Steel Pipes: It's Not as Difficult as You Think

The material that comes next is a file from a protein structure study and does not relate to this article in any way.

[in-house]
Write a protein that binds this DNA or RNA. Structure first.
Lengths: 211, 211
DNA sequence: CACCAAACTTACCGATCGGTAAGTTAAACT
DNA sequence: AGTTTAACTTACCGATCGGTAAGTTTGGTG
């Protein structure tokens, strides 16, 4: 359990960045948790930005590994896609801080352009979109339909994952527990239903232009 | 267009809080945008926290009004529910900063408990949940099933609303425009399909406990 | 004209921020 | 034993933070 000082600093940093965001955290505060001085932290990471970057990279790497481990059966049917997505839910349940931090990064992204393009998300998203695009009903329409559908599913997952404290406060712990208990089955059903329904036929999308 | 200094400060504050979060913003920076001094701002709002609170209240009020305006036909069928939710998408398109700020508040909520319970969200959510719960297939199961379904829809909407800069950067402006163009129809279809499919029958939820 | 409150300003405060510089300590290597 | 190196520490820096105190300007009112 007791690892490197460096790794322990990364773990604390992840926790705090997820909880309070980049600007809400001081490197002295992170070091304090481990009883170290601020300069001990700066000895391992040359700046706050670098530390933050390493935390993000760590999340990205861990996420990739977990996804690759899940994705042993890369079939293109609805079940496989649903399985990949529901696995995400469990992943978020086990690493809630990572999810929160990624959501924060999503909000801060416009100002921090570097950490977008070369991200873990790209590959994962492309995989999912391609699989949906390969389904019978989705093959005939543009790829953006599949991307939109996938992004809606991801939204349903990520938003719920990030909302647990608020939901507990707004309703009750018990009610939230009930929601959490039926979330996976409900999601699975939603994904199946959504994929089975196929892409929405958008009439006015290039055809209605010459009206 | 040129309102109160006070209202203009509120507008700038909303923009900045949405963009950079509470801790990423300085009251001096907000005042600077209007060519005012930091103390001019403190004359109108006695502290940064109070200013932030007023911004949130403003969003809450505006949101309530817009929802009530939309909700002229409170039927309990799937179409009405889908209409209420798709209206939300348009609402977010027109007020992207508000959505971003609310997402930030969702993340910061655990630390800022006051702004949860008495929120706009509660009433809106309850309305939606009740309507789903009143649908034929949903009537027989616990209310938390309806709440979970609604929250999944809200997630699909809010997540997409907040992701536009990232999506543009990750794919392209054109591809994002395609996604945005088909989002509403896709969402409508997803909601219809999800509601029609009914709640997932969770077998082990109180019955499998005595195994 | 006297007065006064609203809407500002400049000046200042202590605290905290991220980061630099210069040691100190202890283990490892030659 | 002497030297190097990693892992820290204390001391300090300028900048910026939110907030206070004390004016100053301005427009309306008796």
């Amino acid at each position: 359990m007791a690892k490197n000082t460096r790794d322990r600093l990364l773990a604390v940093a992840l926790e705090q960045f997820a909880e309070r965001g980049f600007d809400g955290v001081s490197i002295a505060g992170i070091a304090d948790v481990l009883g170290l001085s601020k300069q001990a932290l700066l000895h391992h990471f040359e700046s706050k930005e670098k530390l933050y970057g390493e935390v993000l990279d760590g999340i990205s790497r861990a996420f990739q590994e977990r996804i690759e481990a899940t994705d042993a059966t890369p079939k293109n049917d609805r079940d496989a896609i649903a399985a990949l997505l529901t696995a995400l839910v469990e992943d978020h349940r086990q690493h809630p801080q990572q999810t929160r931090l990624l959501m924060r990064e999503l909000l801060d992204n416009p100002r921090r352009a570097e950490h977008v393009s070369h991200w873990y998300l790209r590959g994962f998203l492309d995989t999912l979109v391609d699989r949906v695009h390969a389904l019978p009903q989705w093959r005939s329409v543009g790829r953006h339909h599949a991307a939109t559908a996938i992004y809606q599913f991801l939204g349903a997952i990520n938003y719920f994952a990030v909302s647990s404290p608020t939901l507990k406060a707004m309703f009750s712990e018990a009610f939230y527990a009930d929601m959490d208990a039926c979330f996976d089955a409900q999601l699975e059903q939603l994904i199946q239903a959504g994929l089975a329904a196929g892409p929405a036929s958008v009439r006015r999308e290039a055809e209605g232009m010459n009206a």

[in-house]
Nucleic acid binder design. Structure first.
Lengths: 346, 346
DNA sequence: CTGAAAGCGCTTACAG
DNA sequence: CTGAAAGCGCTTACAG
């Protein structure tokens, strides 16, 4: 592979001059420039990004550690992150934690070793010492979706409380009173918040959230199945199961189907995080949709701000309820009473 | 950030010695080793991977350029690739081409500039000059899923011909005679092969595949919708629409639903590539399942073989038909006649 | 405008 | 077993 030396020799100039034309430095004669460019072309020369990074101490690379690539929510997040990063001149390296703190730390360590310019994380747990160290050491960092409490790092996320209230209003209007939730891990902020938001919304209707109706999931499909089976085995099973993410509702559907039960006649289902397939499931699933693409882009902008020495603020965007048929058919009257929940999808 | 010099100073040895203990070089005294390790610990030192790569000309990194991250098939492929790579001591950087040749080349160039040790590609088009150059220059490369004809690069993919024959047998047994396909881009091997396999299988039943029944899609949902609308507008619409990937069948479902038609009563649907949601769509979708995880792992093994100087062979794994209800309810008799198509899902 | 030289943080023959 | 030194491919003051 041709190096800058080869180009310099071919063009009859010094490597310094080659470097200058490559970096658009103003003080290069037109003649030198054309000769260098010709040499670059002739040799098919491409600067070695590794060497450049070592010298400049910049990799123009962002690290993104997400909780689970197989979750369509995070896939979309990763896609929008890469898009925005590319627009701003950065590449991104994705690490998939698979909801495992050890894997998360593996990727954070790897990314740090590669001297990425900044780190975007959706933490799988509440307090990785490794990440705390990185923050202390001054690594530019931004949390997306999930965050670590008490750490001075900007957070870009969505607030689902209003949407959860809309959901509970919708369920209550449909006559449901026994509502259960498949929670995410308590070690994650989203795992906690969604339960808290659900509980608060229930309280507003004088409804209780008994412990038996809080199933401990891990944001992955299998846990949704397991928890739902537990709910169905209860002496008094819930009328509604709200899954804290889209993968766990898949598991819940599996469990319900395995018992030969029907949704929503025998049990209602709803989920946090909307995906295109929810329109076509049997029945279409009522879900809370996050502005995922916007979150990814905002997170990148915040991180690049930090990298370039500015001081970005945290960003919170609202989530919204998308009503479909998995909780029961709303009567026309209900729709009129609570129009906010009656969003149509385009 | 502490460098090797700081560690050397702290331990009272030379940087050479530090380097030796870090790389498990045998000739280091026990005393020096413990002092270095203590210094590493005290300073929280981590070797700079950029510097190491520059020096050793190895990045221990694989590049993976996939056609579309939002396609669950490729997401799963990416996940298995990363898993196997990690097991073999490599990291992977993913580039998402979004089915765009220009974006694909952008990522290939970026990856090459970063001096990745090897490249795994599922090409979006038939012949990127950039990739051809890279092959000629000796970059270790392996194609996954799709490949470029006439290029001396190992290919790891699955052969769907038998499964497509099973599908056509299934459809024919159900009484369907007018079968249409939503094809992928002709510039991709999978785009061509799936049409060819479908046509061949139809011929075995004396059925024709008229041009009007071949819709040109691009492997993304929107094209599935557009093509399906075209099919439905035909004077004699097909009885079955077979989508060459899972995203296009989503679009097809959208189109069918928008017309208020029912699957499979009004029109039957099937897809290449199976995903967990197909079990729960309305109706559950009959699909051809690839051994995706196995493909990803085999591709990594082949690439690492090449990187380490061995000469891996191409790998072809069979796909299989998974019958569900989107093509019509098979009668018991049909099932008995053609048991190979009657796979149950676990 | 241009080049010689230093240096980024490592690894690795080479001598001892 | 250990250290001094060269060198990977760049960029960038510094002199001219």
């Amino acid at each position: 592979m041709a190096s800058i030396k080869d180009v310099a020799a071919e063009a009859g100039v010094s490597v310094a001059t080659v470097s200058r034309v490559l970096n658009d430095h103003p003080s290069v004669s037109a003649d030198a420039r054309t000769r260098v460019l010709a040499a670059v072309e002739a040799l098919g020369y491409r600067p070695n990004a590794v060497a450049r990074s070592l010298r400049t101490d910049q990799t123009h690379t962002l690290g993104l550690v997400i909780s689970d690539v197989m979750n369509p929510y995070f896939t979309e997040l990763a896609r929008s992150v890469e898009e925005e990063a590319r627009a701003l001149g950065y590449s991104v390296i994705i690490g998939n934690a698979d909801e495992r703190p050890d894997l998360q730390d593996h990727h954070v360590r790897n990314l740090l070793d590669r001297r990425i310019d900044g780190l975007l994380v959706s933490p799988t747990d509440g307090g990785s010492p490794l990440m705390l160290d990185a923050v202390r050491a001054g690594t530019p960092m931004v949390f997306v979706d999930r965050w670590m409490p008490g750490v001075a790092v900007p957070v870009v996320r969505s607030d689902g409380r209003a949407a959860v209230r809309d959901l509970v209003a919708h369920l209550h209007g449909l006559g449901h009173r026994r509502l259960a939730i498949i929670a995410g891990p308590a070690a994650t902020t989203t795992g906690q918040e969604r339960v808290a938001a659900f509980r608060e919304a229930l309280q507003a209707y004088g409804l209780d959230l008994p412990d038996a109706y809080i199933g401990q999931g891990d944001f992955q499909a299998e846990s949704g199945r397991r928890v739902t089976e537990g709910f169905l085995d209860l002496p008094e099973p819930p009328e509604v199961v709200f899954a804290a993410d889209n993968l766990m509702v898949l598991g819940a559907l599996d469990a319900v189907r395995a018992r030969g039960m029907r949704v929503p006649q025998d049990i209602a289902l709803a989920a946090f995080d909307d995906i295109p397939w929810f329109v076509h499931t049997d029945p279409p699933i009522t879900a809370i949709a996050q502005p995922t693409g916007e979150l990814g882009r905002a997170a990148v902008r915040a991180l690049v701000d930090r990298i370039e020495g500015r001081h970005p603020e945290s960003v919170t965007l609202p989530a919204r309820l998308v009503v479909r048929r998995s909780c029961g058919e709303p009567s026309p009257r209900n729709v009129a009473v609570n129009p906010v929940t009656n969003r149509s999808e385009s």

It has long been known that the properties of some metals could be altered by heat treating. Grains in metals tend to grow larger as the metal is warmed. A grain can grow larger by atoms moving from another grain that may ultimately disappear. Dislocations can not cross grain borders easily, so the size of grains determines how quickly the dislocations can move. As expected, metals with little grains are more powerful however they are less ductile. Figure 5 reveals an example of the grain structure of metals. Satiating and Solidifying: There are numerous ways in which metals can be heat dealt with. Annealing is a softening process in which metals are heated and after that enabled to cool slowly. A lot of steels may be solidified by heating and quenching (cooling rapidly). This procedure was used quite early in the history of processing steel. In fact, it was thought that biological fluids made the best quenching liquids and urine was often used. In some ancient civilizations, the red hot sword blades were often plunged into the bodies of hapless detainees! Today metals are quenched in water or oil. In fact, satiating in salt water services is faster, so the ancients were not totally wrong.Quenching results in a metal that is really hard however also breakable. Gently warming a hardened metal and permitting it to cool slowly will produce a metal that is still hard however also less fragile. This process is referred to as tempering. (See Processing Metals Activity). It results in numerous small Fe3C speeds up in the steel, which block dislocation movement which thereby offer the strengthening.Cold Working: Because plastic contortion results from the motion of dislocations, metals can be strengthened by avoiding this motion. When a metal is bent or shaped, dislocations are produced and move. As the number of dislocations in the crystal increases, they will get twisted or pinned and will not be able to move. This will enhance the metal, making it harder to deform. This procedure is referred to as cold working. At greater temperatures the dislocations can reorganize, so little strengthening occurs.You can attempt this with a paper clip. Unbend the paper clip and bend among the straight sections backward and forward several times. Picture what is occurring on the atomic level. Notice that it is harder to bend the metal at the very same place. Dislocations have actually formed and become twisted, increasing the strength. The paper clip will eventually break at the bend. Cold working certainly just works to a specific level! Too much contortion results in a tangle of dislocations that are not able to move, so the metal breaks instead.Heating removes the impacts of cold-working. When cold worked metals are warmed, recrystallization occurs. New grains form and grow to take in the cold worked portion. The brand-new grains have less dislocations welded steel pipe and the original homes are restored.

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